Coverage of Saroja in The Hindu

Beangalore: Th world’s biggest producer and consumer of cinematic entertainment, is sitting on another potential goldmine: massive — but largely unorganised and in many cases, neglected — caches of priceless moving picture footage, dating back to pre-Independence days.

Political events; celebrity interviews; rare music and stage performances; exotic locations and happenings ... the clips lie in different hands, many captured in the film media of earlier eras, and in danger of being spoiled for ever — unless captured; restored and digitized for distribution afresh.

Three Indian technocrats, have come together in an enterprise that hopes to rescue such precious visual material from oblivion — and give them a fresh lease of life.

“There is so much demand out there, for India-specific video material to feed the huge global industry fuelling television and mobile content,” says V.N. Saroja, co-founder and director of the Noida-based Movico Technologies ( ).

“Yet so much of what’s available never reaches potential users, because it has not been formatted for today’s systems.”

Ms. Saroja had earlier co-founded, a leader in the online job portal business, before getting together with two others: S.N. Rai, former logistics head for LG India and Arvind Jha , who as president of Monsoon Multimedia, had helped create “Hava,” the Indian technology for place-and-time-shifting TV which fuels many hot products in the West. The trio set up Movico last year, with core funding of a million dollars.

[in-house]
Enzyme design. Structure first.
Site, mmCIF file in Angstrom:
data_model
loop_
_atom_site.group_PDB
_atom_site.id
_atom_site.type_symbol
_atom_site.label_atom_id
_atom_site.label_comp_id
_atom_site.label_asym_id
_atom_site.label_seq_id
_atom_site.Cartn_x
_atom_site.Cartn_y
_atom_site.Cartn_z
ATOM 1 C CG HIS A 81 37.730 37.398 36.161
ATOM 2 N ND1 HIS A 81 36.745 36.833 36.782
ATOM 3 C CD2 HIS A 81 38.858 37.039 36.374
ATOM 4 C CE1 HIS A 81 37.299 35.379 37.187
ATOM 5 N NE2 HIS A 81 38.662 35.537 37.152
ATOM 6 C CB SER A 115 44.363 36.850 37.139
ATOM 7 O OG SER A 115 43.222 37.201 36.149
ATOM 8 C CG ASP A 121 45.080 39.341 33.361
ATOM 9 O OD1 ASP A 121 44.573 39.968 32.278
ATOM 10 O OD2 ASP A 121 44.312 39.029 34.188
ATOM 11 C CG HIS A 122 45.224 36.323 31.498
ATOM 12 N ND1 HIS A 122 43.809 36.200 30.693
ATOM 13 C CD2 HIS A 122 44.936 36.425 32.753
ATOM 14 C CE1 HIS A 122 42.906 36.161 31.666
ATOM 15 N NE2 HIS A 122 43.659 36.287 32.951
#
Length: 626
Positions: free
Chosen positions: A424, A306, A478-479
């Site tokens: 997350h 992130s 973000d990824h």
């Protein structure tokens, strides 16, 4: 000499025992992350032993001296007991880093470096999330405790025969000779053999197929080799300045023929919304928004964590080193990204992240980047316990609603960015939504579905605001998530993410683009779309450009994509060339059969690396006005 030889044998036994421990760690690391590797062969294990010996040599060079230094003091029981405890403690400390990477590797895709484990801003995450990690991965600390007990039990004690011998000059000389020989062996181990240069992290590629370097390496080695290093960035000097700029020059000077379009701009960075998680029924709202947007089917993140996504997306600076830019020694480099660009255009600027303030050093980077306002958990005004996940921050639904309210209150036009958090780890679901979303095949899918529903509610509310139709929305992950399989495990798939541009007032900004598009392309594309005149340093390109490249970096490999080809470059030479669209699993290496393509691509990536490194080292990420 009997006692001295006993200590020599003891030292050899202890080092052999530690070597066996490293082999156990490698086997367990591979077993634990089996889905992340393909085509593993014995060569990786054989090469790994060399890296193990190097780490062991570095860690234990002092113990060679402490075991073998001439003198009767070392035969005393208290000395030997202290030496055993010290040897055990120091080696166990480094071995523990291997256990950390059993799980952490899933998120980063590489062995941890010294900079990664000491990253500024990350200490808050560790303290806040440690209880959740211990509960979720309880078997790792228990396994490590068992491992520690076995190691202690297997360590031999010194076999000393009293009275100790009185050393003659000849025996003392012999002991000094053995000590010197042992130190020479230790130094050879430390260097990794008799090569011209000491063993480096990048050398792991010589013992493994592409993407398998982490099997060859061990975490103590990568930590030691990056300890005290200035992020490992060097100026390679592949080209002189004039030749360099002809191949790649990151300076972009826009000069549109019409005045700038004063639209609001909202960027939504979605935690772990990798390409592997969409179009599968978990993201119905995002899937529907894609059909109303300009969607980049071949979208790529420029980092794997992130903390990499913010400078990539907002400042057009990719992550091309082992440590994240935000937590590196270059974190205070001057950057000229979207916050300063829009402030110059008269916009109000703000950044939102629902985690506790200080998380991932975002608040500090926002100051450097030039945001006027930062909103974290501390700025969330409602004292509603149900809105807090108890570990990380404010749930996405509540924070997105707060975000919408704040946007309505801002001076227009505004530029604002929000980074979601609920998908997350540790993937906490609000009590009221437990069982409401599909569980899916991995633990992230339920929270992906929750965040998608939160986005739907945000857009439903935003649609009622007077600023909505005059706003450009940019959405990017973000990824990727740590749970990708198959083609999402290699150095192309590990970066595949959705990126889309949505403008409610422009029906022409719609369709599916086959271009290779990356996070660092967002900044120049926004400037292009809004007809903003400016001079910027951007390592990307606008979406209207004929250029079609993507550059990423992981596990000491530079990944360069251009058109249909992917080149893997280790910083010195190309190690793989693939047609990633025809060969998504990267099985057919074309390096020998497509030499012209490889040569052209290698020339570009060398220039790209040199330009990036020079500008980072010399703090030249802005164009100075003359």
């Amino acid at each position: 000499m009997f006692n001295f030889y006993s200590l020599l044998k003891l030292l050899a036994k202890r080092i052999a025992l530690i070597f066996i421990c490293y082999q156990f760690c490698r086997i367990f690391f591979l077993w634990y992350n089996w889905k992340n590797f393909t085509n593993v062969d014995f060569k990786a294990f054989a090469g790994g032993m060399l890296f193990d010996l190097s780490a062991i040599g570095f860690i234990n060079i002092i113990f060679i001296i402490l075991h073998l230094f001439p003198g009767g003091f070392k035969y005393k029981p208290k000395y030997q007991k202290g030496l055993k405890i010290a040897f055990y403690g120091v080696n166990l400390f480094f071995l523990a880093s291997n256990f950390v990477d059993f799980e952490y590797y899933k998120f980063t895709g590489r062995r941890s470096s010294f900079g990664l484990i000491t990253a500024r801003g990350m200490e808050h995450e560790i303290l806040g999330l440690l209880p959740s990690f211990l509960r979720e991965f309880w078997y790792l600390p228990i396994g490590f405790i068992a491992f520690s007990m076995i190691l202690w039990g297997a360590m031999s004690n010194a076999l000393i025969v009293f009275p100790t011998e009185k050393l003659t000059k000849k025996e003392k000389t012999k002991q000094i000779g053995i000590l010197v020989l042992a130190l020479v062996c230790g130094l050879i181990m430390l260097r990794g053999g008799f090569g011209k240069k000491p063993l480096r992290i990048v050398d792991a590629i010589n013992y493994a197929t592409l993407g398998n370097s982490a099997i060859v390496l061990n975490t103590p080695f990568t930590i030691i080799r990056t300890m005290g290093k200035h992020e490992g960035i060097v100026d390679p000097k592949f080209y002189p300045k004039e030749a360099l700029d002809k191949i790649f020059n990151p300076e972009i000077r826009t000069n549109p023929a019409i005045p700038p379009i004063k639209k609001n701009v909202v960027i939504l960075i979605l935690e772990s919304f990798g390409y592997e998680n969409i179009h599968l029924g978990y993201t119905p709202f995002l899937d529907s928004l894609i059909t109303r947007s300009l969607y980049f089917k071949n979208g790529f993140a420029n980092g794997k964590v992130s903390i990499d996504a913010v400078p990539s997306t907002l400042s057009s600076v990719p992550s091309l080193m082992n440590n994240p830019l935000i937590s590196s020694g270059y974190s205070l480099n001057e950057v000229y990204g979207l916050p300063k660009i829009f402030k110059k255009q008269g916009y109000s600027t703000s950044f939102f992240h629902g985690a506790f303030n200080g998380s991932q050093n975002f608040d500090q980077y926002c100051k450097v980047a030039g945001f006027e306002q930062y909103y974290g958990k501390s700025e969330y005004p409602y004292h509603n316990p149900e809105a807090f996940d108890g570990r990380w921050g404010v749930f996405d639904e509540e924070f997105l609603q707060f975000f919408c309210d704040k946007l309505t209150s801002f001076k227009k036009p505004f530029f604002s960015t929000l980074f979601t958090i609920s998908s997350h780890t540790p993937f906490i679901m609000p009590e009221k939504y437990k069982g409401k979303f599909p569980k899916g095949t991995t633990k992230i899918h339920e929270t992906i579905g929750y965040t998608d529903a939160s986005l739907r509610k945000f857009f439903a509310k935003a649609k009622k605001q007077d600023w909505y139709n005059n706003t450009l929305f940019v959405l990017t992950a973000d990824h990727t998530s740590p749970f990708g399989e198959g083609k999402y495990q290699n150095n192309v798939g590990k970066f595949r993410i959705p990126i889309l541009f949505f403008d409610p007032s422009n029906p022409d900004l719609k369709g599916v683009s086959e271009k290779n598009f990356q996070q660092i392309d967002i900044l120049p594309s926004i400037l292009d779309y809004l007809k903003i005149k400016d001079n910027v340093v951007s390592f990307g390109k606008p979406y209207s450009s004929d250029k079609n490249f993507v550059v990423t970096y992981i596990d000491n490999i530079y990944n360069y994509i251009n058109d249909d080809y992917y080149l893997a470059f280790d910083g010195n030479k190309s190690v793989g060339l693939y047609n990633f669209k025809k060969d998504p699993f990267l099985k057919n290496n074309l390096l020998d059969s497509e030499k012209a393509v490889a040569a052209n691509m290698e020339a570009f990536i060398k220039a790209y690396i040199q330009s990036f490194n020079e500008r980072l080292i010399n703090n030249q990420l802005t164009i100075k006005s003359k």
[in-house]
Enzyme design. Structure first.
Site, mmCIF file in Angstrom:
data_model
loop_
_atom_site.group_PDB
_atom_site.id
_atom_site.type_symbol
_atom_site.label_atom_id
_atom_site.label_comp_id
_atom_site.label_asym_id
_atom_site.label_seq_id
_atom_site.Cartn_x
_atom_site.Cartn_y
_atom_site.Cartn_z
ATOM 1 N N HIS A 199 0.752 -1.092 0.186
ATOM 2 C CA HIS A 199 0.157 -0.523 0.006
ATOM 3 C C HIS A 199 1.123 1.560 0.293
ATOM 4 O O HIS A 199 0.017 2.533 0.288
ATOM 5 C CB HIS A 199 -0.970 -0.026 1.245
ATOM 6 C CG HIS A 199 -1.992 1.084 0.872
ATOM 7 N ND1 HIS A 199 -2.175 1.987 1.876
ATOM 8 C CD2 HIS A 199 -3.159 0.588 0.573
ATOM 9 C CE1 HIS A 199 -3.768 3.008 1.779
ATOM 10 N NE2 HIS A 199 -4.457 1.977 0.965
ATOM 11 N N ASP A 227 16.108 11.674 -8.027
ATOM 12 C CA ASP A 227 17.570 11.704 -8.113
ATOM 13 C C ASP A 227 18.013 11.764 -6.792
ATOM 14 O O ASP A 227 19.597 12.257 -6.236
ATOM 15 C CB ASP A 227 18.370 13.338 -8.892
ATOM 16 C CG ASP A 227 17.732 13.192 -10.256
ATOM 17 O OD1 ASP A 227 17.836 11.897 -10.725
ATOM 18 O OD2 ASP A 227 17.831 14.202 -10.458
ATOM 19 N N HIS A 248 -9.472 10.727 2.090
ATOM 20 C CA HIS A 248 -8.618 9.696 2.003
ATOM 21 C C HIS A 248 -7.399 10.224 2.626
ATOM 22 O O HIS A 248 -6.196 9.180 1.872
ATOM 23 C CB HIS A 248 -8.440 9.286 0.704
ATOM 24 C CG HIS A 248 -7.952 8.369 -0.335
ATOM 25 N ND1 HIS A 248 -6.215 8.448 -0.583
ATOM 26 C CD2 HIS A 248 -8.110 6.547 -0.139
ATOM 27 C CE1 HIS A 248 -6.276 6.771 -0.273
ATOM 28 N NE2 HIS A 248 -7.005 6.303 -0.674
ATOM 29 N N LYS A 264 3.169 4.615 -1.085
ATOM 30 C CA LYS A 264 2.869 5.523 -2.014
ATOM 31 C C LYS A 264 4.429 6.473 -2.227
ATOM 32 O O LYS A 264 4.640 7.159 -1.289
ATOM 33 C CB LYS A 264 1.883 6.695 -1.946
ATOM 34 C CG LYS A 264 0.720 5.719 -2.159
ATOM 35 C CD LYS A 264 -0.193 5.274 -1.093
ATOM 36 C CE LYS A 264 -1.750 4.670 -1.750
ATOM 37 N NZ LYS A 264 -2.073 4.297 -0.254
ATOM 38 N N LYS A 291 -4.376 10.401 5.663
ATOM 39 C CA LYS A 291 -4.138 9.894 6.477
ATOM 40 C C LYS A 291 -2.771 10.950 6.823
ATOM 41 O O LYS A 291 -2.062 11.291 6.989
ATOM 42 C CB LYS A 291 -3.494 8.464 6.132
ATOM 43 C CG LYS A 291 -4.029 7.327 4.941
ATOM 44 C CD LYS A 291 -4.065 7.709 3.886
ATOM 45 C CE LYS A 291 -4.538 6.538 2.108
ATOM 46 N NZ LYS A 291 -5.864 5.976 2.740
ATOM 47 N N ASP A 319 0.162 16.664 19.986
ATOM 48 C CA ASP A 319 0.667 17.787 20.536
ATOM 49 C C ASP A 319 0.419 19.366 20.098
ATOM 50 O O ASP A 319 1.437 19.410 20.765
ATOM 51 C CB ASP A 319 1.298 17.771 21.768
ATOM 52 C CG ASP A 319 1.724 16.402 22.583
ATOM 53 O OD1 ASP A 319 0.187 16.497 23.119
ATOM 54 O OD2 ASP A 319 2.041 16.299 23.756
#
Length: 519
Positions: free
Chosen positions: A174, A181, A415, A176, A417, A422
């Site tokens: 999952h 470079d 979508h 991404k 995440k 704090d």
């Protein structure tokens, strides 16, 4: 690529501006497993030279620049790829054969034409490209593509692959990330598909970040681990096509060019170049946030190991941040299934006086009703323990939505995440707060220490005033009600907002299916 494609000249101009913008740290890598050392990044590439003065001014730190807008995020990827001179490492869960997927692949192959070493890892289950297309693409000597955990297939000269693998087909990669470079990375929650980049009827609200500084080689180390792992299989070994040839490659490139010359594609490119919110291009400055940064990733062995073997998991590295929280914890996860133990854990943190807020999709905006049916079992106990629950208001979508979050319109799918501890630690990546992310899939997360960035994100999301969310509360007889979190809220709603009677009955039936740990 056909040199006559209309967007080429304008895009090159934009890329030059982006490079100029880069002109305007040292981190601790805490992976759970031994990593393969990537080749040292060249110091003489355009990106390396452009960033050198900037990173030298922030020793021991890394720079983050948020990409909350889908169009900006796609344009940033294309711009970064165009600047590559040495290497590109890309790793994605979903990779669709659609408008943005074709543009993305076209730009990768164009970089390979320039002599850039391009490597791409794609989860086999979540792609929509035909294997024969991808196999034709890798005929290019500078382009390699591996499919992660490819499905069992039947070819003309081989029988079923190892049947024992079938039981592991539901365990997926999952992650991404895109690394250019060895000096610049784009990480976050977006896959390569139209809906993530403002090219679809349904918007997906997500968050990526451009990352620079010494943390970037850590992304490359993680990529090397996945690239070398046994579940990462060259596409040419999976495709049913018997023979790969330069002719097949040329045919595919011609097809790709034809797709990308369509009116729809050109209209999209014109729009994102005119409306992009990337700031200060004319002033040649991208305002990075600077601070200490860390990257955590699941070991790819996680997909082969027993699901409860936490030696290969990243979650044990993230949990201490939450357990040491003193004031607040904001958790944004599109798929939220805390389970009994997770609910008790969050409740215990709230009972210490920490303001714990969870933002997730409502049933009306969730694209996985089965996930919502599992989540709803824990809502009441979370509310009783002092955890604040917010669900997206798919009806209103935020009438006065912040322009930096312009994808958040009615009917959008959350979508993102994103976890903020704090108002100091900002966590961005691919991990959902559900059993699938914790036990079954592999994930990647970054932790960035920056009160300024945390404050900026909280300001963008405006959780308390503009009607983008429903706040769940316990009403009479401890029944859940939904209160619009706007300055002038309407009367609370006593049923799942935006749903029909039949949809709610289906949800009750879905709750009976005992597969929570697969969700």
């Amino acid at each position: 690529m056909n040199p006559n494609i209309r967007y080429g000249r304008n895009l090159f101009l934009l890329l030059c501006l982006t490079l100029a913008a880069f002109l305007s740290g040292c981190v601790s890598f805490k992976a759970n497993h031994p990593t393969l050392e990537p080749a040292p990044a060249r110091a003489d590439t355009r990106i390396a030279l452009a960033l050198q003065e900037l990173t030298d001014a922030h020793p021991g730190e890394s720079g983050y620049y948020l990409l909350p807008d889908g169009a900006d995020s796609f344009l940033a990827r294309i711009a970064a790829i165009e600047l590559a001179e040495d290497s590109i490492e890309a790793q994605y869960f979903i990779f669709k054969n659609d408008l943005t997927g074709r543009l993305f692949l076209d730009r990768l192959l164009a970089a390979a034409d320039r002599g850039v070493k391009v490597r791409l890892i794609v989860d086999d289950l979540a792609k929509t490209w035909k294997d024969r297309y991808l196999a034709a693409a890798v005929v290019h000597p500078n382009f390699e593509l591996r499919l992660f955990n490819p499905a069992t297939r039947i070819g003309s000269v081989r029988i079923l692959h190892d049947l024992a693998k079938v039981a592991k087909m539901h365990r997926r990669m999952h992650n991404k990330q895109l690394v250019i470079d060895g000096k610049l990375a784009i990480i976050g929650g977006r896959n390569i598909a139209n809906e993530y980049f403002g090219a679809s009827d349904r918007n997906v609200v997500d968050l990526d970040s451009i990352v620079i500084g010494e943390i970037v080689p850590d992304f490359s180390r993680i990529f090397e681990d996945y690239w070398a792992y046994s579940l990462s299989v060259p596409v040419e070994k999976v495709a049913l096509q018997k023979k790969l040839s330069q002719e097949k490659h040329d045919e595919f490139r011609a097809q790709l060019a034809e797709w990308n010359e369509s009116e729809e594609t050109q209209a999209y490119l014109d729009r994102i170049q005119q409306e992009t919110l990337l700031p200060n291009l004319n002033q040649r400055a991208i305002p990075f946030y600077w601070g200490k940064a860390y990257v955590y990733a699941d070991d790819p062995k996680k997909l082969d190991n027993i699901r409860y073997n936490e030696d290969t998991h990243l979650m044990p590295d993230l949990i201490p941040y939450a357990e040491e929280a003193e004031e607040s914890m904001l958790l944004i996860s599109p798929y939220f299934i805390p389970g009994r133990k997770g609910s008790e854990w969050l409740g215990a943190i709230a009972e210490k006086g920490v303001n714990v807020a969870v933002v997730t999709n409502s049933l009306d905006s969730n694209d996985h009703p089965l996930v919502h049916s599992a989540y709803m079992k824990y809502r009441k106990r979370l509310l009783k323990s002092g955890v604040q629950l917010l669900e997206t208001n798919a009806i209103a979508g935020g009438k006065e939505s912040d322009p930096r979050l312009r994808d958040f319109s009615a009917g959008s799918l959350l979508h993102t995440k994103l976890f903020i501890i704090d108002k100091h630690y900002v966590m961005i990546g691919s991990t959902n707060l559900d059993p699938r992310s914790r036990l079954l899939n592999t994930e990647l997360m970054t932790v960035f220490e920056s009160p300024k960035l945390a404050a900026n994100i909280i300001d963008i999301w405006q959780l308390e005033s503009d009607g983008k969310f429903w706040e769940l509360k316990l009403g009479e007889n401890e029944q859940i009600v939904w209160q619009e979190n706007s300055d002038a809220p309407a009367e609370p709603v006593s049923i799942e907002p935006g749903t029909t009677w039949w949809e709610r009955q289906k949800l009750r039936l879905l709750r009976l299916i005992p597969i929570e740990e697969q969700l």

Multiple Formats

Two months ago, Movico partnered with Moving Picture Company, a leading film and TV production house, to handle all the latter’s assets: over 12,000 hours of exclusive footage covering the gamut of documentary subjects. Since then Movico has tied up with other stock footage holders to help digitize, manage and distribute their assets in the global video mandi. It has created a software, “MediaBaron” to do this in a swift and seamless manner: The same footage needs to be offered to customers in multiple formats, ranging from high definition ‘Bluray’ clips for movie and TV, to low resolution versions for the burgeoning mobile phone market.

By October 2008, Movico will launch version 2 of its digital workflow solution. Holders of large assets can harness this to handle their video content ... or entrust Movico with the management of their assets.

Digital Rebirth

“We are constantly on the lookout for unknown or long forgotten caches of precious Indian movie content,” Ms. Saroja, told The Hindu, “Our pitch to any one who may own such content is: Help us to give your valuable memories a digital rebirth and share it with a new generation.” For the holders of such assets, it’s not just a chance to resurrect their holdings; it’s also sound business sense. A recent report on the Indian media (by FICCI-PwC) estimates that the ‘desi’ end alone of the video content business will be worth $ 30 billion by 2012.